Climate change is real, and certainly dangerous, but how urgently should the water sector be responding to it? While its impacts will be felt on every sector currently being discussed in the post-2015 negotiations, the water resources management (WRM) and water, sanitation, and hygiene (WASH) sectors will be hit particularly hard. The implications of predicted impacts by reports from the IPCC and DFID-WHO’s ‘Vision 2030’ are enormous, especially in monsoon climates, which include many of the developing world’s most vulnerable nations. There, rainy seasons may bring more intense rainfalls and floods, while dry seasons experience even less rainfall and suffer subsequent drought. Both of these extremes pose serious threats to WASH infrastructure, water quality, and water security, not to mention the huge potential damage they could cause to agricultural land and food security.
These are just a few of the serious projections for climate impacts on WRM and WASH, yet these sectors face a plethora of existing problems as well. The nearly 800 million people who still lack access to safe drinking water and the 2.5 billion who lack improved sanitation are just one such problem, as are issues like increasing water pollution, aging water infrastructure posing increasing financial burdens, water security conflicts in areas like the Middle East, and the overexploitation of groundwater resources in arid areas like North Africa. As a result, recent surveys of water service providers in the USA and in Asia have found that, although most utilities recognize the importance of climate adaptation, many have not yet acted in any substantial manner and neither have most governments.
So, when considering these existing problems and future impacts in the post-2015 context, how should the water sector respond? Should we prioritize action to adapt to climate change, knowing the serious impacts it will bring in the medium to long term, or should we treat it as just one of the many problems facing the WRM and WASH sectors? As experienced practitioners like Roger Calow of ODI and Charles Batchelor of IRC argue, these many problems facing our sectors are the primary drivers behind much of our vulnerability to climate impacts. So, by effectively addressing these problems, we would already be well on our way to building better climate resilience. However, we also cannot simply ignore the projected climate impacts, as some of the current ‘best practice’ in water management may actually lead to increased vulnerability to climate impacts (a.k.a. ‘maladaptation’) if not adjusted appropriately, especially related to current methods of designing water infrastructure based on historical flow data.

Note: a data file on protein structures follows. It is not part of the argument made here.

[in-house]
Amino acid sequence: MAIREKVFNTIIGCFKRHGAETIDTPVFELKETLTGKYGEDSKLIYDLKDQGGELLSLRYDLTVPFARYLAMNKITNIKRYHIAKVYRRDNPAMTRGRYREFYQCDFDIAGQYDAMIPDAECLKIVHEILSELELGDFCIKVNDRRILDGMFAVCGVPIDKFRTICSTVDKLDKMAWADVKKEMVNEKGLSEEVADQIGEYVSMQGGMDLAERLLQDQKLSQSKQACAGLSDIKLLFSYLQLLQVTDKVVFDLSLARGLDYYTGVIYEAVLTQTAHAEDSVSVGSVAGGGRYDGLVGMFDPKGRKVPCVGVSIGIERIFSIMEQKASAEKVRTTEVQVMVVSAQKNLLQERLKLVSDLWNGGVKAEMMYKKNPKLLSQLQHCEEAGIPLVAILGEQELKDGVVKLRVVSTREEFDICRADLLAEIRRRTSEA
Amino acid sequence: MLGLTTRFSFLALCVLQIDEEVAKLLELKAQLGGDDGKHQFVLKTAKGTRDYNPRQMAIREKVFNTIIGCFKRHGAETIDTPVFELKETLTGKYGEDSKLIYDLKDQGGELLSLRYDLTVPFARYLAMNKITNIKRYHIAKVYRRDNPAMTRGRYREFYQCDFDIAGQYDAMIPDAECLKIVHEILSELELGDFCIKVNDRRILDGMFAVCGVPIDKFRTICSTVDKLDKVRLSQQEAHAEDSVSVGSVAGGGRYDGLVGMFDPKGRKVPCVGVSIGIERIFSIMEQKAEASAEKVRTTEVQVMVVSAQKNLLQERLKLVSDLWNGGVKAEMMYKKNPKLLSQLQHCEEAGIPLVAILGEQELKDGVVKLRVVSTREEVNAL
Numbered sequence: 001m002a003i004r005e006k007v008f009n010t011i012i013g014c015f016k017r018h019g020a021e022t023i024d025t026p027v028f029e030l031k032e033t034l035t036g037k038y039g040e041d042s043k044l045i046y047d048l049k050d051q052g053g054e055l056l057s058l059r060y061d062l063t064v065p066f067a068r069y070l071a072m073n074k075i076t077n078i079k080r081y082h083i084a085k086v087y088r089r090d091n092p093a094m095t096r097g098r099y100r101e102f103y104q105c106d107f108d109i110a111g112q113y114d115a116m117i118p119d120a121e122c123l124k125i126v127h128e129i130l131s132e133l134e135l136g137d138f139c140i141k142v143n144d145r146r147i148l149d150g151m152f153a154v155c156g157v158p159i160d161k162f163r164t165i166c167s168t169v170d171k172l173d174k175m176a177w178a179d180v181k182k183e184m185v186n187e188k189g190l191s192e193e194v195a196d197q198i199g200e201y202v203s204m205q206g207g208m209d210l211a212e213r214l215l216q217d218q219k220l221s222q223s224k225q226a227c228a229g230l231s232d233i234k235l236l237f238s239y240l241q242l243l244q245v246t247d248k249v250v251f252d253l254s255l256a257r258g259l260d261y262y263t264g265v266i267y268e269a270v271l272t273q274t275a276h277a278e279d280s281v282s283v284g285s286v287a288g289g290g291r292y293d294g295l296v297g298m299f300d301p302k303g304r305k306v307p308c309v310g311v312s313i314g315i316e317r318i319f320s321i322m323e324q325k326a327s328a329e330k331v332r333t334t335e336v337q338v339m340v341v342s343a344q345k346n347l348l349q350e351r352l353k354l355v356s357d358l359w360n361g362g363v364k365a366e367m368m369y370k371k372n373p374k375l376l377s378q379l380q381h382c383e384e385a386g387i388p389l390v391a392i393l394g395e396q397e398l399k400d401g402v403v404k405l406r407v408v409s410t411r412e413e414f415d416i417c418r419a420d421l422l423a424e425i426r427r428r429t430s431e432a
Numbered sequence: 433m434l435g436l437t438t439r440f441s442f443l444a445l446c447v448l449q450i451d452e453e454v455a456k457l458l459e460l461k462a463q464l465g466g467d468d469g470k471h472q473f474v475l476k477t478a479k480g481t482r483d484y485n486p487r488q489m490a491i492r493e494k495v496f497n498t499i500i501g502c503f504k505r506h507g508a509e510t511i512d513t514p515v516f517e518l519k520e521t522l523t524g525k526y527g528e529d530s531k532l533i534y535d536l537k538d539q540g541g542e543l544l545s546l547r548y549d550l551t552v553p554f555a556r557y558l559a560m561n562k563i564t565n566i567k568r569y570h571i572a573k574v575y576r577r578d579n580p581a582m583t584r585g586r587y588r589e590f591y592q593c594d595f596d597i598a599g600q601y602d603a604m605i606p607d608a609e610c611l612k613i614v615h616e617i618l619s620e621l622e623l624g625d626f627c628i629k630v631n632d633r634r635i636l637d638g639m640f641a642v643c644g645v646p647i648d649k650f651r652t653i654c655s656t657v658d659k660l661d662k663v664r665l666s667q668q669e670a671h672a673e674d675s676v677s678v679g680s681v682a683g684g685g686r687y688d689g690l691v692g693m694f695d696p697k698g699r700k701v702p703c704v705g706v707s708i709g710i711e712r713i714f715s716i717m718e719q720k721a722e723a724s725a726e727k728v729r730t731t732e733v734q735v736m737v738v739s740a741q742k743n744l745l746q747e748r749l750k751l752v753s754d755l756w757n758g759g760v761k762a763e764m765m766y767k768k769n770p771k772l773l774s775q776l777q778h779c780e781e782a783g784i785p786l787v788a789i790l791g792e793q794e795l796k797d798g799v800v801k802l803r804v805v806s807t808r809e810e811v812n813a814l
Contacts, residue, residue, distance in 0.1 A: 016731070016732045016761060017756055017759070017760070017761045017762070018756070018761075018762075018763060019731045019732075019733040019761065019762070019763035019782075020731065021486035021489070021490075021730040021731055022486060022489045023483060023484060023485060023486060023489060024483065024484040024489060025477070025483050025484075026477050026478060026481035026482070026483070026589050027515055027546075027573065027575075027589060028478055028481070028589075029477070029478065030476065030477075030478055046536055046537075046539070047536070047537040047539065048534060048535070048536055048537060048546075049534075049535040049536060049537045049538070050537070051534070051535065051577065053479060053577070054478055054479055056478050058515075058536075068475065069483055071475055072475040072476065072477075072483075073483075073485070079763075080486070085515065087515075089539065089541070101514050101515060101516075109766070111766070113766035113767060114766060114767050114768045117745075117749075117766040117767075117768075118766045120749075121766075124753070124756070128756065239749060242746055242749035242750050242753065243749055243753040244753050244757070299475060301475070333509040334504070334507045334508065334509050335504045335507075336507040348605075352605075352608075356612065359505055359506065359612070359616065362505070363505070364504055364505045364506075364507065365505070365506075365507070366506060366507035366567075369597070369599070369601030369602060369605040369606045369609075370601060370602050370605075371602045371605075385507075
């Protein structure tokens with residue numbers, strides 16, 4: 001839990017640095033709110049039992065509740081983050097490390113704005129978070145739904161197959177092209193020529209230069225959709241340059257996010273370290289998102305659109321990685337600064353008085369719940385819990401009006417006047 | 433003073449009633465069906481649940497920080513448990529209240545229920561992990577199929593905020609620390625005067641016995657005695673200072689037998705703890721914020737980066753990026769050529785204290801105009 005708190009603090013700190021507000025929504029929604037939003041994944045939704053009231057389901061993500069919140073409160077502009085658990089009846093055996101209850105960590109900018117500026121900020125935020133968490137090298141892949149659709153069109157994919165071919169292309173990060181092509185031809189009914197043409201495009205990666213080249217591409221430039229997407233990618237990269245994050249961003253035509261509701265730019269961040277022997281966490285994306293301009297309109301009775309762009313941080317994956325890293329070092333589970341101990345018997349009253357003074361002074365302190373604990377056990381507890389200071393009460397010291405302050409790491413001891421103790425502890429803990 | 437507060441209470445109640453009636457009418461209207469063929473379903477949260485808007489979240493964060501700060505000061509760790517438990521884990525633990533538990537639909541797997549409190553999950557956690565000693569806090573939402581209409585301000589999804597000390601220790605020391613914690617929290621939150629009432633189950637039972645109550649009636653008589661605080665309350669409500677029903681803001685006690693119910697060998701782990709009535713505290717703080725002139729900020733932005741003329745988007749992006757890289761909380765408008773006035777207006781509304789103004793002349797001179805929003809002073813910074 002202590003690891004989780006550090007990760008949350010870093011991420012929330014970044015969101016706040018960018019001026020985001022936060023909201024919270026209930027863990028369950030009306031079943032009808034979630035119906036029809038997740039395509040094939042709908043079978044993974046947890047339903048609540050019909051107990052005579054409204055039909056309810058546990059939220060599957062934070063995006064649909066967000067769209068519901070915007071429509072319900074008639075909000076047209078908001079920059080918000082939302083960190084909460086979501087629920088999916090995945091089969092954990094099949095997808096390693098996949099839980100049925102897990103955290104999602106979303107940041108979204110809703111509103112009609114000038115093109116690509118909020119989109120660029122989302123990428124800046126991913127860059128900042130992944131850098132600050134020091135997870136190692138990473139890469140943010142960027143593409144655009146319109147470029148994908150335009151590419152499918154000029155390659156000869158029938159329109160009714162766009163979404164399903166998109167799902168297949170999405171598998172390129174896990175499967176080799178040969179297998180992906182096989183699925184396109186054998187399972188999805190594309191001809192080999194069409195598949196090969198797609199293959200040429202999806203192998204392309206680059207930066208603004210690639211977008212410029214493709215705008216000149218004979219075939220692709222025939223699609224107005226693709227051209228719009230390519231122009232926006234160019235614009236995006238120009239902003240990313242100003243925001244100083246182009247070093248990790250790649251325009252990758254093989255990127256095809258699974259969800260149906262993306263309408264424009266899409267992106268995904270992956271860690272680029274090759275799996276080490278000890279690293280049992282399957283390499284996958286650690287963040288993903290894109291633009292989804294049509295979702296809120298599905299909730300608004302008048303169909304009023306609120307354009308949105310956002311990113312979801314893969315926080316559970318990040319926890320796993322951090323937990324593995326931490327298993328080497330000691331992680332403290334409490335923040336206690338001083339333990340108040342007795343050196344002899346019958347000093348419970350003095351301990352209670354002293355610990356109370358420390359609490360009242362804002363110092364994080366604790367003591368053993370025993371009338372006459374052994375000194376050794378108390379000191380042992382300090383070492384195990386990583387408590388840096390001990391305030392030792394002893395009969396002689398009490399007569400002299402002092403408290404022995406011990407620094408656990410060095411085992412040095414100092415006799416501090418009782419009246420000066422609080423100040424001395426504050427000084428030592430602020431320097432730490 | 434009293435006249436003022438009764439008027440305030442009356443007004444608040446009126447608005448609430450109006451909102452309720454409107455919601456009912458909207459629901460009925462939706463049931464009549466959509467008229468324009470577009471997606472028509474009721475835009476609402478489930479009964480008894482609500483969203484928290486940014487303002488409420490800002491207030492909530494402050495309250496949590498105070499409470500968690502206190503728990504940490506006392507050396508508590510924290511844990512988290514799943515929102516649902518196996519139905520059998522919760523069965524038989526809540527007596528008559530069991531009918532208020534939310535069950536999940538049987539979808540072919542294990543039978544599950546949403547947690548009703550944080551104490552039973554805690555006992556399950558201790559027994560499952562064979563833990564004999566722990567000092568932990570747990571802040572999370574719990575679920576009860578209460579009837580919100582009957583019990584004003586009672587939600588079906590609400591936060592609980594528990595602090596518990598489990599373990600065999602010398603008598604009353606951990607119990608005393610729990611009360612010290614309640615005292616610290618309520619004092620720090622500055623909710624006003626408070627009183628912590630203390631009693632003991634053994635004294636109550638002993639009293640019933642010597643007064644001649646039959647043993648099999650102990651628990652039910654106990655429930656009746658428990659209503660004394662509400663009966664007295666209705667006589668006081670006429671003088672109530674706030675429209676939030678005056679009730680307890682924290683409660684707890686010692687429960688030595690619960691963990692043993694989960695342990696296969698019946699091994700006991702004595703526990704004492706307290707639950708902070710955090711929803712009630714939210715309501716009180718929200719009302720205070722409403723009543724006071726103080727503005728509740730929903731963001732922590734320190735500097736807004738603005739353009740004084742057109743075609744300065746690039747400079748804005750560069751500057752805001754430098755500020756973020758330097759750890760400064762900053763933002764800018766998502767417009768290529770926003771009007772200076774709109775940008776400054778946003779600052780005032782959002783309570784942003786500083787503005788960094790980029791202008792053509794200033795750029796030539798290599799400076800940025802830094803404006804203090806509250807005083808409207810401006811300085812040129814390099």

The best answer, to me, is one of comprehensive and knowledgeable risk management by water service providers and governments. General approaches like Integrated Water Resources Management (IWRM) are good ideals to aim for, where all relevant stakeholders in a river basin attempt to agree on a framework for sustainably managing their water resources in a way that considers and attempts to mitigate the main risks (be they climate-related or otherwise). There are a wide variety of other risk-screening tools and approaches – some specific to climate change – that can also help, such as water decision-making support tools, the OECD’s ‘Climate Lens’ approach, or water-climate tools like ORCHID or WEAP. Determining which one of these to use for specific contexts can be confusing, but many of their key principles are similar, basically emphasizing the need for a systematic and inclusive approach to decision-making on all types of risk.
What is most important in the context of post-2015 is for water sector professionals around the world to at least start discussing the implications of climate change for our work and whether tackling existing problems could build resilience against predicted impacts. Surely the urgency placed on climate adaptation will vary in different urban/rural or developed/developing contexts, but it is only through knowledge-sharing and open dialogues that we can decide the level of priority to devote towards tackling our existing problems versus our future ones. Time is short, so let’s get busy!
Photo credit main picture: Shanghai Daddy